Skip to main content

Nearly seven years of dramatic and highly charged minority Parliaments officially come to an end Thursday, as Stephen Harper meets Parliament for the first time as Prime Minister of a majority government.

That isn't the only big change. Staring at him across the aisle will be Jack Layton. His New Democratic Party won more seats this year than at any point in its 50-year history. Off to the side will be 34 Liberal MPs, reduced to a small rump after their worst showing ever. Even further damaged is the Bloc Québécois, perceived as a dominant political force earlier this year, but now reduced to just four MPs. And this time around, there is Elizabeth May, Canada's first elected Green Party MP.

Parliament's back

What to expect?

On Thursday, as their first order of business, the MPs of Canada's 41st Parliament will gather to elect a Speaker. Several MPs are openly campaigning for the job. Every MP is a candidate unless they take their name off the list, meaning the voting process – which involves secret ballots – can be quite lengthy.

Peter Milliken, the former Liberal MP who was first elected Speaker in 2001 and presided in the chair ever since – even under the Conservatives – did not seek re-election. This time it is far more likely that a Conservative MP will win, though at least one NDP MP is putting her name forward.

What's new?

Other than the Speaker? Several candidates are promising improved decorum in the House and the NDP claims they will not heckle during Question Period. Committees will take some time to get set up and will be dramatically more tame in a majority context. The House rules allow the opposition to chair four committees, however. Government Operations, which will review cabinet's efforts to cut costs, will be chaired by outspoken NDP MP Pat Martin.

The session is also expected to be short. The House of Commons is scheduled to rise June 23 and the parties will likely take two Fridays off because of Conservative and NDP conventions in June.

Throne Speech

What to expect?

Shortly after winning his long-coveted majority, the Prime Minister forecasted his governing style by saying Canadians don't like surprises. The Throne Speech will be the first test of that. His office says there will not be surprises in the speech and that it will largely draw from Conservative promises made during the election campaign.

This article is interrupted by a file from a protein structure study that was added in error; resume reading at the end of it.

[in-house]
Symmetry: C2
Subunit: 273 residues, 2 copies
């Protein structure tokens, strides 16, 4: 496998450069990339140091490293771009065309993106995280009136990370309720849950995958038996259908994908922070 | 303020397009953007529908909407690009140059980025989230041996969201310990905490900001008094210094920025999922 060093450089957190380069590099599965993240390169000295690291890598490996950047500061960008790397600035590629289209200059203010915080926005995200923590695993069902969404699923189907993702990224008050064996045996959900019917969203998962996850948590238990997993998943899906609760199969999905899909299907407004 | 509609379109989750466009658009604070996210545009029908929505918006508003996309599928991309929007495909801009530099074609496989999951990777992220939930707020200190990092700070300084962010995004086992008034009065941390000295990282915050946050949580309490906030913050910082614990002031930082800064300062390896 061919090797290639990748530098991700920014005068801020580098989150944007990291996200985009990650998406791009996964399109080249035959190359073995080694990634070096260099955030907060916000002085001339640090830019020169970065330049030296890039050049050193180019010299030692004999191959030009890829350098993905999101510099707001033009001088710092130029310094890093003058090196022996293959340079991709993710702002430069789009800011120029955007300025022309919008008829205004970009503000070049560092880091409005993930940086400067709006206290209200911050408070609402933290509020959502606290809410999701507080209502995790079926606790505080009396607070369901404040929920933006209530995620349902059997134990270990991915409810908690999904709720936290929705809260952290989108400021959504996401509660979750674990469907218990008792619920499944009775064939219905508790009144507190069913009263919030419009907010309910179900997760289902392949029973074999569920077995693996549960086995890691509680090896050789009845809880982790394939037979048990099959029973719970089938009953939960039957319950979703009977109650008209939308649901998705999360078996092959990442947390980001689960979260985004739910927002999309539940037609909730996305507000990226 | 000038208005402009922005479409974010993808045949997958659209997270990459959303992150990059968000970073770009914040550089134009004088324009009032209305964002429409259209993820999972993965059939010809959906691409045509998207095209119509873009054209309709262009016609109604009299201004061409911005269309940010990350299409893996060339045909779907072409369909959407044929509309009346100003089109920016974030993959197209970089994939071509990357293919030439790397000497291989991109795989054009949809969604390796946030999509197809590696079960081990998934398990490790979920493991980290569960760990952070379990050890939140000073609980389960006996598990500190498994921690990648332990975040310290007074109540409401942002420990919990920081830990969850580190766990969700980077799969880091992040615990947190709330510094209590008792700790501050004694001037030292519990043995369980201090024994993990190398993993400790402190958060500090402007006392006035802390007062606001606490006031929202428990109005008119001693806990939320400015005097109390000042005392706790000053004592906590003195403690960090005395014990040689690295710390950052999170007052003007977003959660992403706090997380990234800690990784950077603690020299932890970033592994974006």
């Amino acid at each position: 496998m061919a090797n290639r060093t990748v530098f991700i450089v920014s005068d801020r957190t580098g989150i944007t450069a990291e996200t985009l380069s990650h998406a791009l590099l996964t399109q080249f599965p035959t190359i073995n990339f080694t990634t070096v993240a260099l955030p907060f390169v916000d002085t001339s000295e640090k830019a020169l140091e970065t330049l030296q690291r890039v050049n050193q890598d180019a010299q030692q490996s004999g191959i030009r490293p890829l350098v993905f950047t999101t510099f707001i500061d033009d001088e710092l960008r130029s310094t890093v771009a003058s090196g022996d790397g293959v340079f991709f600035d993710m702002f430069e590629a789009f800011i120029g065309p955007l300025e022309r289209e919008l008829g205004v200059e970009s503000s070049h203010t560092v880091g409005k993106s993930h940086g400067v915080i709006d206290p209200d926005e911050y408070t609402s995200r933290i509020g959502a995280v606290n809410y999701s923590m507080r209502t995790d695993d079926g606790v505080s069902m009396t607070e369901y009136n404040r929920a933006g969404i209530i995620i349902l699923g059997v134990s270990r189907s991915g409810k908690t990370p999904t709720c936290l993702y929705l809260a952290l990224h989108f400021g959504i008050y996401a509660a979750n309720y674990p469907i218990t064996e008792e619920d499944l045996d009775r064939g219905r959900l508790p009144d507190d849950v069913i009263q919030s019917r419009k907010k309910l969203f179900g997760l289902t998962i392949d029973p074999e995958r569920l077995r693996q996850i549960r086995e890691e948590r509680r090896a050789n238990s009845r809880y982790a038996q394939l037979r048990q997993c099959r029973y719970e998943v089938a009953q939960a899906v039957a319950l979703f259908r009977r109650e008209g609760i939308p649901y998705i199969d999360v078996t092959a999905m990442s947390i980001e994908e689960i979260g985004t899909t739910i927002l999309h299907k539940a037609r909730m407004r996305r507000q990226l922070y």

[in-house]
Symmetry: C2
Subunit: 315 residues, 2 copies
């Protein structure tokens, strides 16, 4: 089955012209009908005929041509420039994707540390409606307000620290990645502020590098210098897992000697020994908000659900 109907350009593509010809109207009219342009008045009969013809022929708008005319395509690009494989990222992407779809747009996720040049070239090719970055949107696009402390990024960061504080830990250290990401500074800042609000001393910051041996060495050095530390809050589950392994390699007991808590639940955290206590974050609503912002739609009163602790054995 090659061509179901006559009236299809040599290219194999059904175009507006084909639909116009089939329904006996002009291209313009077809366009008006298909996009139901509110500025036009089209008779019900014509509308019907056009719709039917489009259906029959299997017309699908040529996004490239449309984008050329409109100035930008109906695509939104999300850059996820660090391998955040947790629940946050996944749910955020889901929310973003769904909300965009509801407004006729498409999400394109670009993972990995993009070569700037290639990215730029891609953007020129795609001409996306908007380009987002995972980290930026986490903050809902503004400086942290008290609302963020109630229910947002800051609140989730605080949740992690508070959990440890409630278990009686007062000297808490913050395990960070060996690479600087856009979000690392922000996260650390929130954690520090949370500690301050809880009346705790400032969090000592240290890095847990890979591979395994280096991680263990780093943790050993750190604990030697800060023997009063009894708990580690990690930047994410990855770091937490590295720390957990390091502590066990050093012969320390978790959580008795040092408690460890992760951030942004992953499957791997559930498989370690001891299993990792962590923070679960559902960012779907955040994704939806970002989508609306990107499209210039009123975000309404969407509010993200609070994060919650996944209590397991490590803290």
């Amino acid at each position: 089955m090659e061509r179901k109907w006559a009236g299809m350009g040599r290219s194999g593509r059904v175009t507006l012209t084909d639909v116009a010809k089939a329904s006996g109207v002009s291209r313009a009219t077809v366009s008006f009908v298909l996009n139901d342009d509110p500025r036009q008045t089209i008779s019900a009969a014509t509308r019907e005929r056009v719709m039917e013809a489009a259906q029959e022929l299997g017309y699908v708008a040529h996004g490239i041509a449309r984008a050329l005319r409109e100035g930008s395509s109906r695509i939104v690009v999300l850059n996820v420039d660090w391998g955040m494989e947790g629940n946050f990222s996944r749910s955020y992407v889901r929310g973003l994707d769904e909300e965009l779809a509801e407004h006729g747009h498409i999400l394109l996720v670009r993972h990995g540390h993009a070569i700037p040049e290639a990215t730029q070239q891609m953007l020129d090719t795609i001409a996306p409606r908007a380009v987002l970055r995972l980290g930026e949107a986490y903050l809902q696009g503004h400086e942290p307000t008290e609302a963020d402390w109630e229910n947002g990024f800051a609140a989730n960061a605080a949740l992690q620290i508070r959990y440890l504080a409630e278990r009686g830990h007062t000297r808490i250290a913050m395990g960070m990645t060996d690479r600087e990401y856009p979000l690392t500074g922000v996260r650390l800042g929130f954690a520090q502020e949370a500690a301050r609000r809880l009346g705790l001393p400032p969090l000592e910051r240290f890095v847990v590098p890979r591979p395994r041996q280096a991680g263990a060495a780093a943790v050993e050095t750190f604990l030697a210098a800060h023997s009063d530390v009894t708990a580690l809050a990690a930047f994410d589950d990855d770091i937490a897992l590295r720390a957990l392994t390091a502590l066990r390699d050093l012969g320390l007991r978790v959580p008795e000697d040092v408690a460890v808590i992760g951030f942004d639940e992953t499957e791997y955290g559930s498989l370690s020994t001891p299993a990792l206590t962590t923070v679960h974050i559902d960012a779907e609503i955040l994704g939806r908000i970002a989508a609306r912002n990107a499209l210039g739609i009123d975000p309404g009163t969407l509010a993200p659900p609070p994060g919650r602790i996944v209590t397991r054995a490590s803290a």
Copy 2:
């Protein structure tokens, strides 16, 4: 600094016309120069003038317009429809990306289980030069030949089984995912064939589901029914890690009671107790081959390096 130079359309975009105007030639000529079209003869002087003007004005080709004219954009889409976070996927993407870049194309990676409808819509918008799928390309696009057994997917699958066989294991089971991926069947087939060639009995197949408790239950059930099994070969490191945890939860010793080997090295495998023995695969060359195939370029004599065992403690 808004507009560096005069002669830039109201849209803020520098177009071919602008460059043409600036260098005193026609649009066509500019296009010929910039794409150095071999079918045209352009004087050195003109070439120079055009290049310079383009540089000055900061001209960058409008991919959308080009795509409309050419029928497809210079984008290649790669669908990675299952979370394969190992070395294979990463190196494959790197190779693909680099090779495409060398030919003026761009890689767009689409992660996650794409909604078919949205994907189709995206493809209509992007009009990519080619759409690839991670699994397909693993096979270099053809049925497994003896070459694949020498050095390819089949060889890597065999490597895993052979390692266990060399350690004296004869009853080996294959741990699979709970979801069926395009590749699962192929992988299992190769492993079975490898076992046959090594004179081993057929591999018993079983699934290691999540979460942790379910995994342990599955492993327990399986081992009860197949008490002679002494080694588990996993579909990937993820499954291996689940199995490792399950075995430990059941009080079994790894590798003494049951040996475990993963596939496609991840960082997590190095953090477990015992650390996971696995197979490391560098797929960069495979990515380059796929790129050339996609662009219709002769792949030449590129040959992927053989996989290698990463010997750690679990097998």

What's different?

While familiar measures like tougher crime sentencing bills, Senate reform and repealing the gun registry will return, the difference is that these measures now have smooth sailing into law. A priority will be to package several crime bills from the previous Parliament into one piece of legislation and pass it within the first 100 sitting days.

Some of the democratic reform promises in the platform are sure to stir up wrangling amongst the provinces. There is no provincial consensus on term limits for Senators, electing Senators nor on expanding the size of the House of Commons.


What to expect?

Normally a budget lockup is an all day-affair, giving media plenty of time to digest the content of budgets that are often about 400 pages. The June 6 lock-up will be two hours. That alone gives a pretty clear indication that there will not be major new measures that require deep explanations by Finance Canada officials.

What's different?

Finance Minister Jim Flaherty laid out the main differences last week.

"Basically this is the March 22 budget with a couple of additions from the platform," he told reporters, in reference to the 2011 budget that was introduced but not approved before the election. The two main additions from the platform will be the launch of a four-year phase out of the federal subsidies for political parties and setting aside $2.2-billion toward a future deal with Quebec to harmonize sales taxes.

The government wants MPs to get at least the first budget vote out of the way before summer, but indications are that final approval of budget legislation – a foregone conclusion in a majority Parliament – won't happen until fall.

Report an error

Editorial code of conduct